This column originally appeared on The Nation's website Monday night.
(The Nation) In a week where the phrase "legitimate rape" became part of the American political discourse, it's understandable that anyone who believes in women's liberation would be scavenging for some good news. Like a parched soul in the desert, many believe that a trickle of water, if not an oasis, has appeared. After eighty years of antediluvian sexism, the Augusta National Golf Club, site of the Masters, has finally decided to admit women into its ranks. All hail the trailblazers: President George W. Bush's national security adviser and Secretary of State Condoleezza Rice and South Carolina billionaire banking executive Darla Moore.
As Christine Brennan of USA Today wrote, "Today, one of the last bastions of male supremacy is no more. Today, Augusta National has made a crucial statement to every girl and woman who has thought about picking up a golf club. The message is simple: You are welcome."
Her joy is certainly understandable. This is a club where as recently as 2002, after a series of protests, then-club President Hootie Johnson said that Augusta National would never admit a woman, not even "at the point of a bayonet." The woman who led those protests, Martha Burk, received dozens of death threats. Today she was on ESPN radio saying simply that "the women's movements, the U.S. women's groups and individual women who have been pushing for change for 50 years, yeah, we won."
PGA tour President Tim Finchem, who was frightened to raise a whisper of criticism against Augusta National, today tried to get some of the glow, saying, "At a time when women represent one of the fastest growing segments in both playing and following the game of golf, this sends a positive and inclusive message for our sport."
And yet, please forgive me if I don't join the chorus of cheers. Rice and Moore are not twenty-first-century Jackie Robinsons, and their acceptance into this bastion of exclusion has nothing to do with women's liberation and is utterly disconnected from the reality of daily life for millions of American women.
Condi Rice as a symbol of female power? Only if by power, we mean the power to put thousands of Iraqi women in graves all in the name of a war based on lies that she actively promoted.
Then there are the birth defects suffered by the children of women in Iraq. In 2009, the Guardian reported that doctors in Fallujah were were "dealing with up to 15 times as many chronic deformities in infants, compared to a year ago, and a spike in early life cancers that may be linked to toxic materials left over from the fighting."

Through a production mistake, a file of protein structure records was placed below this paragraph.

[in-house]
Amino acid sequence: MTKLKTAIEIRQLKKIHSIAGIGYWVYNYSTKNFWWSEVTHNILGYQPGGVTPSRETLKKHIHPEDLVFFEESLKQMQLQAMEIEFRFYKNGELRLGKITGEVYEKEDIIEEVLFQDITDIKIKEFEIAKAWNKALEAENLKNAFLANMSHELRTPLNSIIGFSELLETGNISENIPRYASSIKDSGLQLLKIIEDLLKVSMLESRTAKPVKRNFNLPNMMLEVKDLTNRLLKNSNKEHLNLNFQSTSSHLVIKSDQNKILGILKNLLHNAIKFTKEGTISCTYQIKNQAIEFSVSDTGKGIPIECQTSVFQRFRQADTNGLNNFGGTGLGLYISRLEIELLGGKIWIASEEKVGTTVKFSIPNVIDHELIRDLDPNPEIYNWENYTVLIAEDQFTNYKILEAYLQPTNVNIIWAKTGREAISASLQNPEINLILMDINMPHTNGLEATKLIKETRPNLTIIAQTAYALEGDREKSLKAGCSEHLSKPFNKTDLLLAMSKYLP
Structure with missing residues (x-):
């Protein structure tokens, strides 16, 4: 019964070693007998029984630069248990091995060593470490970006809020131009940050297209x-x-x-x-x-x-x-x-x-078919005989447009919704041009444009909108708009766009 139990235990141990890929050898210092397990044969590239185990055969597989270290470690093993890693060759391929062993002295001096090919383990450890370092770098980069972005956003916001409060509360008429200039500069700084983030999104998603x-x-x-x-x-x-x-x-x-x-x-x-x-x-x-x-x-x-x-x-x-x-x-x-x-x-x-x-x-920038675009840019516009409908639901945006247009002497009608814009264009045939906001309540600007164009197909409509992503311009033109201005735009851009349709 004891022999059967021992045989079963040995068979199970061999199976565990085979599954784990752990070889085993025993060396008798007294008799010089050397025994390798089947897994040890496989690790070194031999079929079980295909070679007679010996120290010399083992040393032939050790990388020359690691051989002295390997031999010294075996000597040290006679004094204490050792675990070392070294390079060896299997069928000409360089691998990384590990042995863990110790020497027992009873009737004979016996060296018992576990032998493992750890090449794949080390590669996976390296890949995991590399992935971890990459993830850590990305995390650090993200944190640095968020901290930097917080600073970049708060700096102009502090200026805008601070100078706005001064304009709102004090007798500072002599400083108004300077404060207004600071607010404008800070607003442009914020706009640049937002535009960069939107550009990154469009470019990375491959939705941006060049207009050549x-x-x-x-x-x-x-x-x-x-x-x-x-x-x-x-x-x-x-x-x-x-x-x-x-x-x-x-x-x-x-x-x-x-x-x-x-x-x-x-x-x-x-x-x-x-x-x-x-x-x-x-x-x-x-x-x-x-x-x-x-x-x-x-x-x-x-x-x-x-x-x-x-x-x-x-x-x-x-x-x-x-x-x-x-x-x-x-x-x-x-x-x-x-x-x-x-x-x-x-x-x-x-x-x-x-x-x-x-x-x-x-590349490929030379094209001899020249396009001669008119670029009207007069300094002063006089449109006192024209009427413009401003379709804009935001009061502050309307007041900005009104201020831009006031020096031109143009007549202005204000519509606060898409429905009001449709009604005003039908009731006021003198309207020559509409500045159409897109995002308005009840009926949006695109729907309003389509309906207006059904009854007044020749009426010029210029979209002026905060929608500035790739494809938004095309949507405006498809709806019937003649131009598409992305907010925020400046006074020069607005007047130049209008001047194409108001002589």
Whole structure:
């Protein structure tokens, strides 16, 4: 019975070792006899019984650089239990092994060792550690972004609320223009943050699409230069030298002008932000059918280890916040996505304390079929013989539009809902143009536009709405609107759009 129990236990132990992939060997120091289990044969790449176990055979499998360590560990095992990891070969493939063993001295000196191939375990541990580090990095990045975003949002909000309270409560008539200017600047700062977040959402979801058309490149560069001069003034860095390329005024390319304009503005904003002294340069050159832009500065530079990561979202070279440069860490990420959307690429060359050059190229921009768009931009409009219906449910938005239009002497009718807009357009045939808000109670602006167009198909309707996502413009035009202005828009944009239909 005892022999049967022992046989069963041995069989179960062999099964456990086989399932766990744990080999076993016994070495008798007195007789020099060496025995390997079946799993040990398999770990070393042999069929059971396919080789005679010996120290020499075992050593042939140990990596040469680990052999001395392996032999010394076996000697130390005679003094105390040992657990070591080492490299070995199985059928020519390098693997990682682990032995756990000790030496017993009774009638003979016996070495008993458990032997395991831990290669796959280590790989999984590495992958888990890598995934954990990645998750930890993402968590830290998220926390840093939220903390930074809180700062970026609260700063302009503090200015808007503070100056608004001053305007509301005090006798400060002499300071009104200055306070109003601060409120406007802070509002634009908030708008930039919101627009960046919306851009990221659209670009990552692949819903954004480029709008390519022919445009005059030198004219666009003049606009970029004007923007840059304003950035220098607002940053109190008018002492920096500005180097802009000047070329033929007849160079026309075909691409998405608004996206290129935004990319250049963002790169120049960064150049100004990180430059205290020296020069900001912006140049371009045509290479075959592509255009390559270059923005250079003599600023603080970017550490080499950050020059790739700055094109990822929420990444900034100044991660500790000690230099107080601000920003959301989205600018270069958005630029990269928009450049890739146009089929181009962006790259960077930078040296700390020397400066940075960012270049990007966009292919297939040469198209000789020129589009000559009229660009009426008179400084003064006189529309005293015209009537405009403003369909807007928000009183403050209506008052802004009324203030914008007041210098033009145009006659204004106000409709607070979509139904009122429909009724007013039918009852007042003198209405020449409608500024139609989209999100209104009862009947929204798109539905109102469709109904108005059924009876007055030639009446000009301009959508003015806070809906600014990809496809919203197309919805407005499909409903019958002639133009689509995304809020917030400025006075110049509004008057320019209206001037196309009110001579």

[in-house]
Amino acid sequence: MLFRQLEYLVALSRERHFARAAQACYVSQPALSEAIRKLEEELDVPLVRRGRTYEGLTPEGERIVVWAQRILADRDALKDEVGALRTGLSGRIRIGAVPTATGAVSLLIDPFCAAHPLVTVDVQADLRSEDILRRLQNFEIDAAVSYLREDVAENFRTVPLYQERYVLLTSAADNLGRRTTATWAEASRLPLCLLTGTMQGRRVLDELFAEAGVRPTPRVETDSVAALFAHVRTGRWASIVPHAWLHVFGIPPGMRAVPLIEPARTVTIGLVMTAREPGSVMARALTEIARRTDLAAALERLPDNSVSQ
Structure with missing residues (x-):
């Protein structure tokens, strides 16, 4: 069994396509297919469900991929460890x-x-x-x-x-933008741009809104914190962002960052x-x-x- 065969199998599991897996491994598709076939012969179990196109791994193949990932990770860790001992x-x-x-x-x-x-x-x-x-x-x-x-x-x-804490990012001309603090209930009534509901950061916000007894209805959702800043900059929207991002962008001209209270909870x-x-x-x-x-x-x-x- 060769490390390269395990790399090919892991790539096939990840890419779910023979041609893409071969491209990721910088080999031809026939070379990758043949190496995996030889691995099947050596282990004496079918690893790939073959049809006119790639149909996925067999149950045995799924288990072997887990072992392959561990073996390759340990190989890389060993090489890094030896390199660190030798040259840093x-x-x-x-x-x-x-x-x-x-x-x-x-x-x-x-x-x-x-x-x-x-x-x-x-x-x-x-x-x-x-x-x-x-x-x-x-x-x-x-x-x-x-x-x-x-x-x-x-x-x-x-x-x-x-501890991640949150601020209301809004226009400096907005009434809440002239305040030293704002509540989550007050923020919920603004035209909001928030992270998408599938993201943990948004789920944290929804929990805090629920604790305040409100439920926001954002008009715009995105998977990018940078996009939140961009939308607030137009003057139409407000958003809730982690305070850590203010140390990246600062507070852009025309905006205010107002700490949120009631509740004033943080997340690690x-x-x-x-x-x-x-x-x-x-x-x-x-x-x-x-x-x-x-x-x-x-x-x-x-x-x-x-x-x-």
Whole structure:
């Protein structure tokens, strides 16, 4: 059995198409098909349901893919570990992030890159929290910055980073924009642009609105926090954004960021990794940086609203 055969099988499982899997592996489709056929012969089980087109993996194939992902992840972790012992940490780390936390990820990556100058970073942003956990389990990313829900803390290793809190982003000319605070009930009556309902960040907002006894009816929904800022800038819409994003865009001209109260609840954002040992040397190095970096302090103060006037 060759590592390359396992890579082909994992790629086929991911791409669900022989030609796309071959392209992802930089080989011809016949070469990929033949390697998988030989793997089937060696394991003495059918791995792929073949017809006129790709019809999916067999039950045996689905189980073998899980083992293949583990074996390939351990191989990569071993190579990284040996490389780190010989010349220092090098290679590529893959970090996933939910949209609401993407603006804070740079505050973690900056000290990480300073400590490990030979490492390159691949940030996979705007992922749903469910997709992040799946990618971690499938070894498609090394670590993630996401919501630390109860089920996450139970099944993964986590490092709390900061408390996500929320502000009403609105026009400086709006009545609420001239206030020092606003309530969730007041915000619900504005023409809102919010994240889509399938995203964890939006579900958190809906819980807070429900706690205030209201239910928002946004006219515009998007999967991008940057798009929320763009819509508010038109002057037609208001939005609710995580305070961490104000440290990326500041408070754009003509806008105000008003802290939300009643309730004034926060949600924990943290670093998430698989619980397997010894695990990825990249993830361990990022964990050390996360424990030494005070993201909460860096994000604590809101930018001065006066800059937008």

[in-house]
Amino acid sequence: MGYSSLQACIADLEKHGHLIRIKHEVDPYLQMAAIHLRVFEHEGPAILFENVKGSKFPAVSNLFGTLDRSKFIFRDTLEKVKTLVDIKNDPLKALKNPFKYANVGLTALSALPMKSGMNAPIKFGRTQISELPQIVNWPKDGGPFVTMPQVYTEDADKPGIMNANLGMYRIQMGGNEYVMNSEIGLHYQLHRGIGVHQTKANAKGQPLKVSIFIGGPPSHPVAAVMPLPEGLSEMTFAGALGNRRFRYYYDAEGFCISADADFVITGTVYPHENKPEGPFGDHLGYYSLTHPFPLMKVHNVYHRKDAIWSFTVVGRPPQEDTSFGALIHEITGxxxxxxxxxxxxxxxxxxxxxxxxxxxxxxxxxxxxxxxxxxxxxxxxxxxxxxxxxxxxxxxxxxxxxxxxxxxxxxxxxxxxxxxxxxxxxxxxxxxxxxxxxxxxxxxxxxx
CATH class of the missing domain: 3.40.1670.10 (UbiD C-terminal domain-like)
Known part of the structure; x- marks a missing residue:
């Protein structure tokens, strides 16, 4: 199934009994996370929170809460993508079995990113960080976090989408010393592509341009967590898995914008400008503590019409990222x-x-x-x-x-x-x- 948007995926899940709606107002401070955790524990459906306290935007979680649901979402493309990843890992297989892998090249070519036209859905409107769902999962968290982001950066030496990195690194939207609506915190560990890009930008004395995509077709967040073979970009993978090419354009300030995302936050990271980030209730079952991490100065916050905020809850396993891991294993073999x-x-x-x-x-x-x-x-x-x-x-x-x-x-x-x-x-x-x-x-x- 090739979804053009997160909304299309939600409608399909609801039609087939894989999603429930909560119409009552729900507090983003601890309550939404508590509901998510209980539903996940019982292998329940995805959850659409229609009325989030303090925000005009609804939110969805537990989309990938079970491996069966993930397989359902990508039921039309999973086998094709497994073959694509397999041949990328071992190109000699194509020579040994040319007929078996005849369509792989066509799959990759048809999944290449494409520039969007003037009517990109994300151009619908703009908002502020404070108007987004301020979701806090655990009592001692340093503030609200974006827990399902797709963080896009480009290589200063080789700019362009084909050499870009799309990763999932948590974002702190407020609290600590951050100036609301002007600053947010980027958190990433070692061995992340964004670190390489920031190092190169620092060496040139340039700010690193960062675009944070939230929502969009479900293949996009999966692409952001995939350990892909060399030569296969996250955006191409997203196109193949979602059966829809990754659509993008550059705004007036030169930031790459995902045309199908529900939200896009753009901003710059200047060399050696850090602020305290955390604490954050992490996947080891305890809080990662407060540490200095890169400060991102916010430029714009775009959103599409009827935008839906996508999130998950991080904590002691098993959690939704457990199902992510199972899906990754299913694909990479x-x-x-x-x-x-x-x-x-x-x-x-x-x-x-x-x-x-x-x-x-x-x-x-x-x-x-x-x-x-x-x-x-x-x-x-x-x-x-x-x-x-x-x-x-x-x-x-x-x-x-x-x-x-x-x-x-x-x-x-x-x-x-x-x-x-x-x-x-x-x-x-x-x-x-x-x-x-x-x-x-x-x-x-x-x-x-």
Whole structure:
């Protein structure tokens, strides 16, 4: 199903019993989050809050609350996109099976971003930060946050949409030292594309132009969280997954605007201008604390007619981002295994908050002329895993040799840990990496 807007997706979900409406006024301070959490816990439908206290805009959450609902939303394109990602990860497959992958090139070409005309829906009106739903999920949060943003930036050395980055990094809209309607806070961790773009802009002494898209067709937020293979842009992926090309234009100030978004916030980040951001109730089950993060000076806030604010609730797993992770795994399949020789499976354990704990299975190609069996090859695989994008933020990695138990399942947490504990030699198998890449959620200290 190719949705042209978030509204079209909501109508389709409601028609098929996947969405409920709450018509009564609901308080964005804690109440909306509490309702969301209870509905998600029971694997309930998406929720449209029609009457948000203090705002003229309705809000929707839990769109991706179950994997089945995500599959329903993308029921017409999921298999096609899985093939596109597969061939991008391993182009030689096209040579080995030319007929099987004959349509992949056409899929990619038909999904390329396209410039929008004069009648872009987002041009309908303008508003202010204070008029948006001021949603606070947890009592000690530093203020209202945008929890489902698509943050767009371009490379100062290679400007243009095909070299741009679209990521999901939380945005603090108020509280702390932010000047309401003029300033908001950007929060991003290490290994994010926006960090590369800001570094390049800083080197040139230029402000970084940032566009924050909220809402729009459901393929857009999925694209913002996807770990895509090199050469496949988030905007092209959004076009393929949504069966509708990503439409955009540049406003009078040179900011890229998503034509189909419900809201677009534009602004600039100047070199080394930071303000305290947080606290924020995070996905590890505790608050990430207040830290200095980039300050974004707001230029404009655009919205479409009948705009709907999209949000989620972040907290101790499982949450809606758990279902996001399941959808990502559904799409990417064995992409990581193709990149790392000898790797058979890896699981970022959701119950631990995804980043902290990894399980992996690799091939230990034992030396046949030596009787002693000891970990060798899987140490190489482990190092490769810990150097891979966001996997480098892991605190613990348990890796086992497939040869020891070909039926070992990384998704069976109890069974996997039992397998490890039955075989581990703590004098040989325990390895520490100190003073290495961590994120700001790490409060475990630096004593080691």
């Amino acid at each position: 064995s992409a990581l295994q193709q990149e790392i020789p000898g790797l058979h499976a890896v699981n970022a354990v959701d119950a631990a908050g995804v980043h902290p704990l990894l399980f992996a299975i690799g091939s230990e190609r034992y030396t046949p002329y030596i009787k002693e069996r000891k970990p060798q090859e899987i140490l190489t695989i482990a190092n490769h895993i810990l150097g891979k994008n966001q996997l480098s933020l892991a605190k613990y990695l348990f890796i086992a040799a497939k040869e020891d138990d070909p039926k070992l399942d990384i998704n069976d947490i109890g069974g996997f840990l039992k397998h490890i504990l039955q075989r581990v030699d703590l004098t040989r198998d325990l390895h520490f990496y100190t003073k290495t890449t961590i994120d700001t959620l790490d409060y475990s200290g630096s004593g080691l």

A hospital spokesman, Nadim al-Hadidi, told the Inter Press Service, "In 2004 the Americans tested all kinds of chemicals and explosive devices on us: thermobaric weapons, white phosphorous, depleted uranium.... we have all been laboratory mice for them."
There were also, under Rice's watch, 19,000 reported sexual assaults of women combat troops in the the US Armed Forces every single year. As the Guardian reported, "A female solider in Iraq is more likely to be attacked by a fellow soldier than killed by military fire."
In an eerie echo of the Representative Akin controversy, these women, if impregnated during their assault, could not get an abortion on a US military base. Rice, who claims to be pro-choice, never raised a voice on behalf of these women.
In a sane world, Rice would be awaiting trial at the Hague. Instead, she gets to play golf at a club that, incidentally, didn't allow African-Americans until 1990.
As for Darla Moore, she is a banking billionaire who lives on a South Carolina plantation that's been in her family for seven generations. She is a longtime friend of the Bush family as well as of the aforementioned Hootie Johnson. Ten years ago, when asked about becoming the club's first female member, she said, "I'm as progressive as they come. But some things ought not to be messed with."
I'm sure it's tempting to look at today as an advance for women in sports. But it's very difficult to think that today's national celebration of a multi-billionaire and a war criminal has anything to do with women's liberation. If anything, this should only be a story because it's so unbelievable that the membership of the Augusta National Golf Club still opposed the presence of women in 2012. The only way this club could be any kind of symbol of progress and justice is if the people of Augusta, Georgia, a whopping 32 percent of whom live below the US poverty line, took to the eighteenth green and occupied the Masters. Let's see whose side Condi Rice and Darla Moore would be on then.
Named one of UTNE Reader's "50 Visionaries Who Are Changing Our World," Dave Zirin is the sports editor for The Nation magazine. The opinions expressed in this commentary are solely those of the author.